Most of the switches in tone are handled with a deftness that appears as simplicity on first viewing, but when you see it a couple of times it becomes apparent just how artfully it's done. Using humor to break up the brutality also helps to highlight just how good Bickert and Williams are at the latter as well. Particularly the fight between Penny and Charli (Alyss Winkler), and the death of Inga von Krupp. Speaking of Inga, this is a great performance from Ellie Church. She's definitely the standout actor in the bunch. Inga is obviously an homage to Ilsa, but there are as many differences as similarities. Inga is scarier and more driven than Ilsa, less a power-mad sex predator than a Cenobite. Her obsession with the effects of pain and pleasure come to a head when she realizes that her time is done, and her final act is to bond with her torture machine. Church sells the hell out of the ecstasy she derives from her demise.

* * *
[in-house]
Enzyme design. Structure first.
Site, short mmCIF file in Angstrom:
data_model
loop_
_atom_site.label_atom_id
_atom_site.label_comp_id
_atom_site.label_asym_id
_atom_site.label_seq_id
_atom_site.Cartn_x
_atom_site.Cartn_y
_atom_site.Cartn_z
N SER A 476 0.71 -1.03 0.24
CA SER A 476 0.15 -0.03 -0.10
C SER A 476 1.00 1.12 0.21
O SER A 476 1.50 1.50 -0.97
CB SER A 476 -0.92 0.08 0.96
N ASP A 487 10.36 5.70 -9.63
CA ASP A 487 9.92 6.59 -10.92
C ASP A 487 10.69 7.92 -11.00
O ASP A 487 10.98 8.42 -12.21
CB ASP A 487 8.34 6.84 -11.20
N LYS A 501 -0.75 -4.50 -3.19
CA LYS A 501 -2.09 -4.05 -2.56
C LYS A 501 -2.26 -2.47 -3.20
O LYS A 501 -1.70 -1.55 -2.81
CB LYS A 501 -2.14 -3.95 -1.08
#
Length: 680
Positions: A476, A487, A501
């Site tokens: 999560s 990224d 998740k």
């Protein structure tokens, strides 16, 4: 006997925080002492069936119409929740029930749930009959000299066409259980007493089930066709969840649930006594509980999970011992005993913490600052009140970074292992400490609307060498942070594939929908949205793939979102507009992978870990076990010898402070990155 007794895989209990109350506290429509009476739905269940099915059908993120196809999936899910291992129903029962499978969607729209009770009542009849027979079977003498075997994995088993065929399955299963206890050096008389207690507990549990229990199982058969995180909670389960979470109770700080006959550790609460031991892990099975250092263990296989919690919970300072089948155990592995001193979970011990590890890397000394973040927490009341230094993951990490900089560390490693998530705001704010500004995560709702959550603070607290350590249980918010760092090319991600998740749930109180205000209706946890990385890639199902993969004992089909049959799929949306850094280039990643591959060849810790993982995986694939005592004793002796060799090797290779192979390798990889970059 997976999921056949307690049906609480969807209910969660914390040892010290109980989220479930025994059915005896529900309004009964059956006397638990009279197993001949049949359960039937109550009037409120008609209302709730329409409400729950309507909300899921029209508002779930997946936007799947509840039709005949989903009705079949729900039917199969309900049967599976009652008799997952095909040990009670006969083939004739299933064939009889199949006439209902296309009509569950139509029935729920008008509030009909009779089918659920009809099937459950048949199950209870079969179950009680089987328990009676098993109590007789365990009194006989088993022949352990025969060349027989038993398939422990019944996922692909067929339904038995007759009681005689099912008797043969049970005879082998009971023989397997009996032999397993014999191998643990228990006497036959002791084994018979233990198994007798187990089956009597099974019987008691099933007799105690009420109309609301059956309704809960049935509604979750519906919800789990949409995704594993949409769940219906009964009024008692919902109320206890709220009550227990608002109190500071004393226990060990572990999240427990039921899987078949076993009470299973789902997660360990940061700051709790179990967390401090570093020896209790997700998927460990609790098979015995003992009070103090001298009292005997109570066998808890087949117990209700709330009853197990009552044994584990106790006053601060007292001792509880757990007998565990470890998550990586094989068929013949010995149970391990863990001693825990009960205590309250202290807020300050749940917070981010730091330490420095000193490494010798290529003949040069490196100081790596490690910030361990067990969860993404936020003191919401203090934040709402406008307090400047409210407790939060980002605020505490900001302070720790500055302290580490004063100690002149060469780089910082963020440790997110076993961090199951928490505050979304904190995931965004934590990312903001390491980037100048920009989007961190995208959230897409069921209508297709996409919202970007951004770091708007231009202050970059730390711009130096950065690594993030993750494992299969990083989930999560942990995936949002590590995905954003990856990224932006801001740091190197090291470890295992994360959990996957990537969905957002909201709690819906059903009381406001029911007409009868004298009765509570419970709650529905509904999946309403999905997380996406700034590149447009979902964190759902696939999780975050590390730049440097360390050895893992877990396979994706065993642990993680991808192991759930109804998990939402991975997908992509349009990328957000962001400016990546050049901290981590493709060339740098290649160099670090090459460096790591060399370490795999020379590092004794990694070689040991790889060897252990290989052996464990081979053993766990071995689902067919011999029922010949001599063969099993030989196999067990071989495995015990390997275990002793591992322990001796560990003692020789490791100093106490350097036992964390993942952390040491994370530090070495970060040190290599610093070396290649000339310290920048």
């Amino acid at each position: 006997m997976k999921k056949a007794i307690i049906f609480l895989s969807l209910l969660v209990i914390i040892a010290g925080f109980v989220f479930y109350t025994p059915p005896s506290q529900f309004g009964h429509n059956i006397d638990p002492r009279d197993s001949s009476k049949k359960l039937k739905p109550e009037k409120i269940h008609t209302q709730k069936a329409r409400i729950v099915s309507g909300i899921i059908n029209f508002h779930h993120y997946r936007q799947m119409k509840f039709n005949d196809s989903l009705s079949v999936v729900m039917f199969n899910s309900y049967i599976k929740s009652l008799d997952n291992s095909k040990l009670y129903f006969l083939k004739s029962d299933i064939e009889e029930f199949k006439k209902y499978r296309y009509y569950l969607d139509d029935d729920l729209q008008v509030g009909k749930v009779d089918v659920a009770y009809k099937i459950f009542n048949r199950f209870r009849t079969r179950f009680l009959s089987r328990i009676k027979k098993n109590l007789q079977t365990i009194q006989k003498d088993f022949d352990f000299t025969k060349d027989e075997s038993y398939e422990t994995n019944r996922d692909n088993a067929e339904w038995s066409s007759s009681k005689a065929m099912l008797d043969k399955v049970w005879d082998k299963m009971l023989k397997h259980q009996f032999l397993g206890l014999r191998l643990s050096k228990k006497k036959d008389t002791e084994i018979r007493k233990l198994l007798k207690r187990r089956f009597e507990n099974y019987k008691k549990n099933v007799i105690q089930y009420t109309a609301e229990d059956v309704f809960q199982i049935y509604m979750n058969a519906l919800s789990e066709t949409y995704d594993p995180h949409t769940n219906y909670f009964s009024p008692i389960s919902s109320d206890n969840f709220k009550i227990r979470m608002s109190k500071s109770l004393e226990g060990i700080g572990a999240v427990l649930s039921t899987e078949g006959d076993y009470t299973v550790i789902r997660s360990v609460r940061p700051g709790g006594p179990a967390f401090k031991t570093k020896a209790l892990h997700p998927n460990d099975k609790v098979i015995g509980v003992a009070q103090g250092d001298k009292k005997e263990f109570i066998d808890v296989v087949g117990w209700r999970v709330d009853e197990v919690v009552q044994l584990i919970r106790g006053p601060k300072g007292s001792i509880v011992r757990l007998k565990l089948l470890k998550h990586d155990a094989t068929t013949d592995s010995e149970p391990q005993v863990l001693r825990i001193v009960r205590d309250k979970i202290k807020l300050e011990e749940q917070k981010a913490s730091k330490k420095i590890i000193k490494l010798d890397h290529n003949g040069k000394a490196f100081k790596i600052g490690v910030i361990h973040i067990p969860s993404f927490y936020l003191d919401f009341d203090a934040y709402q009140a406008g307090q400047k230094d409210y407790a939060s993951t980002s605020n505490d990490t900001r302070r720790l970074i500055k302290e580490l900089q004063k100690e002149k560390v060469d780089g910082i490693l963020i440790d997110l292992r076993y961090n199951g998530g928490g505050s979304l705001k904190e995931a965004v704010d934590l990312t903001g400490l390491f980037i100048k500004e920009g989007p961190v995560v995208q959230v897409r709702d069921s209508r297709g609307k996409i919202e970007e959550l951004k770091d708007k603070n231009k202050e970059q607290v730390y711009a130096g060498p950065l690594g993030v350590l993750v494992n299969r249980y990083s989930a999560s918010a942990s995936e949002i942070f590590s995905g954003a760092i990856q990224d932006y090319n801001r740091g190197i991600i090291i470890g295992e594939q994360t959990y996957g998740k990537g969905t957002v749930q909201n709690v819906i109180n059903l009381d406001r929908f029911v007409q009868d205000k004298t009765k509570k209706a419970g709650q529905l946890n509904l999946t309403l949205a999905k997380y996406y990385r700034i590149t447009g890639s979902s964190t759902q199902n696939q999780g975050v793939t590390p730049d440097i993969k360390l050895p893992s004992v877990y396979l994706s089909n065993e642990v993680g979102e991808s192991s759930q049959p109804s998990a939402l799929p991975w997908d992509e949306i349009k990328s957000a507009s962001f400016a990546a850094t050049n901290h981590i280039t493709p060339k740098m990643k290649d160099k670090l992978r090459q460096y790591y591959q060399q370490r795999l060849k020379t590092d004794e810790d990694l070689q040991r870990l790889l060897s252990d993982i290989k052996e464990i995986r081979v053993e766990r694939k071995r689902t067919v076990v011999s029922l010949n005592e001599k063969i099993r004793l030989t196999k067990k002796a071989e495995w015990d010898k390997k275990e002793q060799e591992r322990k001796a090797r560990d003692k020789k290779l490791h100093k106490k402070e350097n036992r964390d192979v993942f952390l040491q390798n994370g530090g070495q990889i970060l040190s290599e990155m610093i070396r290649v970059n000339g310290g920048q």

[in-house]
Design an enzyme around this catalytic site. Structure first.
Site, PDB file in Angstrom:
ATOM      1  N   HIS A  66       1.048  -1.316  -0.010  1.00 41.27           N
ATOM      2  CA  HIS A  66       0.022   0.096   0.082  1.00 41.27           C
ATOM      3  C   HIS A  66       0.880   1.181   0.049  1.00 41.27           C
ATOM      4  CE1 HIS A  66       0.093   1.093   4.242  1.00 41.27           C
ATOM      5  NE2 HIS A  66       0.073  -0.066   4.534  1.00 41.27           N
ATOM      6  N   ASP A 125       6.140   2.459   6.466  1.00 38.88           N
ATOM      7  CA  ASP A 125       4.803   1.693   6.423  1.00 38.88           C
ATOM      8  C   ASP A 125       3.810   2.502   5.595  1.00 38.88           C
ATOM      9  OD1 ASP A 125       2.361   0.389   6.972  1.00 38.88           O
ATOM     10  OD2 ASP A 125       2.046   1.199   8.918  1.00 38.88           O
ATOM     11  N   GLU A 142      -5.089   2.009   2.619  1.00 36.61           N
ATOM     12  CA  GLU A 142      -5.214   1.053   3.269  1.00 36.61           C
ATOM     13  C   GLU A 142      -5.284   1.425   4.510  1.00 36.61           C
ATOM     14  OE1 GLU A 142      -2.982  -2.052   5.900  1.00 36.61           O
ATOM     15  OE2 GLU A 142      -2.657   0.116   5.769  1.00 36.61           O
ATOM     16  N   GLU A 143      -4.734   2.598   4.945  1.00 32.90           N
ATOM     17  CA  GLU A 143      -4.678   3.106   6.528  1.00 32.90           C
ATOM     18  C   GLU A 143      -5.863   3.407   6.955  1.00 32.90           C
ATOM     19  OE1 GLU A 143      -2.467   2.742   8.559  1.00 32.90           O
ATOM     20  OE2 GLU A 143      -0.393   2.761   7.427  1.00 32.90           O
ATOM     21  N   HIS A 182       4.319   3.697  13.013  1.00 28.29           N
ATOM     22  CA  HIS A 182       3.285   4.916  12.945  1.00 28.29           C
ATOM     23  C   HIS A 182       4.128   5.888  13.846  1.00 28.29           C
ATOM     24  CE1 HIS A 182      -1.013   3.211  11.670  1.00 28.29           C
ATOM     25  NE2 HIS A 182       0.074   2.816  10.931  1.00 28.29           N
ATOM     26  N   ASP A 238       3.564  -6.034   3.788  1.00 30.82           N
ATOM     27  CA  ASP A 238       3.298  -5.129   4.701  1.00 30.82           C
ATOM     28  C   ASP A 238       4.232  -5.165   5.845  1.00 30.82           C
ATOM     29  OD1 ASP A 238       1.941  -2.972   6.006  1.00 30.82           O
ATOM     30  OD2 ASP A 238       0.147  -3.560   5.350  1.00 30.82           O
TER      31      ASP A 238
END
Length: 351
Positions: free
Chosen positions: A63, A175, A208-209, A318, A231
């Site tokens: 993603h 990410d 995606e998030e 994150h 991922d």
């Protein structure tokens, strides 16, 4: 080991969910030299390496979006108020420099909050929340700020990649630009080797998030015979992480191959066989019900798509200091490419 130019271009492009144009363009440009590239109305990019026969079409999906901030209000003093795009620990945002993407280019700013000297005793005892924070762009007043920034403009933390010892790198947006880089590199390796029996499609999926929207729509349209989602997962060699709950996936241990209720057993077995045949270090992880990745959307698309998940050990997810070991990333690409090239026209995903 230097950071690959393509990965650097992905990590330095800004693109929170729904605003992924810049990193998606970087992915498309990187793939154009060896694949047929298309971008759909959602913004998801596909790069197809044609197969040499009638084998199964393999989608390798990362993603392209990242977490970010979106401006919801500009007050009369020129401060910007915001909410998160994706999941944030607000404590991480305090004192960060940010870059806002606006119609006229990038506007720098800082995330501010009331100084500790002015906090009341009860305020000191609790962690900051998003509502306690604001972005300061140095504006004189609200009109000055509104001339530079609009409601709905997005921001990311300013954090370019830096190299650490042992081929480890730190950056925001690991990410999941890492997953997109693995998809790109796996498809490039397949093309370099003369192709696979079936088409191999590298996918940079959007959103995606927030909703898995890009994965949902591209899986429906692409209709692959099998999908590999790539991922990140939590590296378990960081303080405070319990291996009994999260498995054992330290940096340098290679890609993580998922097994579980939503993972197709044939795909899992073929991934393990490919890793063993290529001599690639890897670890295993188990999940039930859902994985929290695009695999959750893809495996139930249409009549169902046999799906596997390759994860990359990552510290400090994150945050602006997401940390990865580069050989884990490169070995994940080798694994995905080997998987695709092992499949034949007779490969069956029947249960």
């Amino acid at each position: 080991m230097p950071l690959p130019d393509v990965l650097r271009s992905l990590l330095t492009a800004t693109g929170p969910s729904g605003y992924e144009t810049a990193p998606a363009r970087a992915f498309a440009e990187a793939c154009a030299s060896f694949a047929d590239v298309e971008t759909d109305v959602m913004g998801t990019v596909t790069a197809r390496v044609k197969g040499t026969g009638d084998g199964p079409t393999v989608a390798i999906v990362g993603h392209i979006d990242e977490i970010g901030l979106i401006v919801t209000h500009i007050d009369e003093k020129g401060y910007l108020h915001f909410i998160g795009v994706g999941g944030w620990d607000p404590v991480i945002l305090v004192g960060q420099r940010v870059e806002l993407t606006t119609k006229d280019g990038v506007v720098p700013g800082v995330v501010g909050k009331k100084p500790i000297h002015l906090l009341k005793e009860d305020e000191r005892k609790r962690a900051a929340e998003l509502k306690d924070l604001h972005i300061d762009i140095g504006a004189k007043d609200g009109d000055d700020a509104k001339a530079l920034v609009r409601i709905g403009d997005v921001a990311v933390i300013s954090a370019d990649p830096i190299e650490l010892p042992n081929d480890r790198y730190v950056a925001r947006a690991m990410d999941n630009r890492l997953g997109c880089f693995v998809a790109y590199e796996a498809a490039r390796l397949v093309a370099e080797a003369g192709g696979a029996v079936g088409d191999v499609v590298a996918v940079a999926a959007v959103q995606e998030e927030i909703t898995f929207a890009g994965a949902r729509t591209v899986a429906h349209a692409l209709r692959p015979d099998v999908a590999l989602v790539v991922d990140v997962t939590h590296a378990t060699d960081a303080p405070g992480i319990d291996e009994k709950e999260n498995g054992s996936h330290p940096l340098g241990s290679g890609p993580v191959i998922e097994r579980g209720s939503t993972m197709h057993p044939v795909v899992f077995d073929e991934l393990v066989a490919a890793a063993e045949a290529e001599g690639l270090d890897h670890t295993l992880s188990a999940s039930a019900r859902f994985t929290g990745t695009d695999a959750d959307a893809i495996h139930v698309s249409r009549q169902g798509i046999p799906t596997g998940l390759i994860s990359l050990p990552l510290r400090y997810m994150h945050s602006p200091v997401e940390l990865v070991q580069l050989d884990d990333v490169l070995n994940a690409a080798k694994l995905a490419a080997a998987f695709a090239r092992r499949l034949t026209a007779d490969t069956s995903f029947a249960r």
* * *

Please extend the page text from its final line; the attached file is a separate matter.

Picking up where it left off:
Thinking of demises and handling of tone, if I was expecting a whole movie of 70s film pastiche, the ending makes it very clear they could have delivered exactly that had they chosen to do so. The haunting, melancholic feel of the 70s mini-apocalypse ending (I hesitate to call it a downer, as at least some of the people who deserve to make it out alive do) is reproduced to perfection. I mentioned Ellie Church before, but Tristan Risk makes Va's death scene just as affecting. We got to see a side of Val just minutes before that showed her cruel nature was a survival instinct brought out by prison life, and somewhere in all that tough-as-nails armor there was still a decent person who almost had a chance to see the light again before the bombs started falling. As we see the characters succumbing to their fates, the whole thing is set to an eerie, depressive piece of music not a hundred miles away from Riz Ortolani's Cannibal Holocaust theme.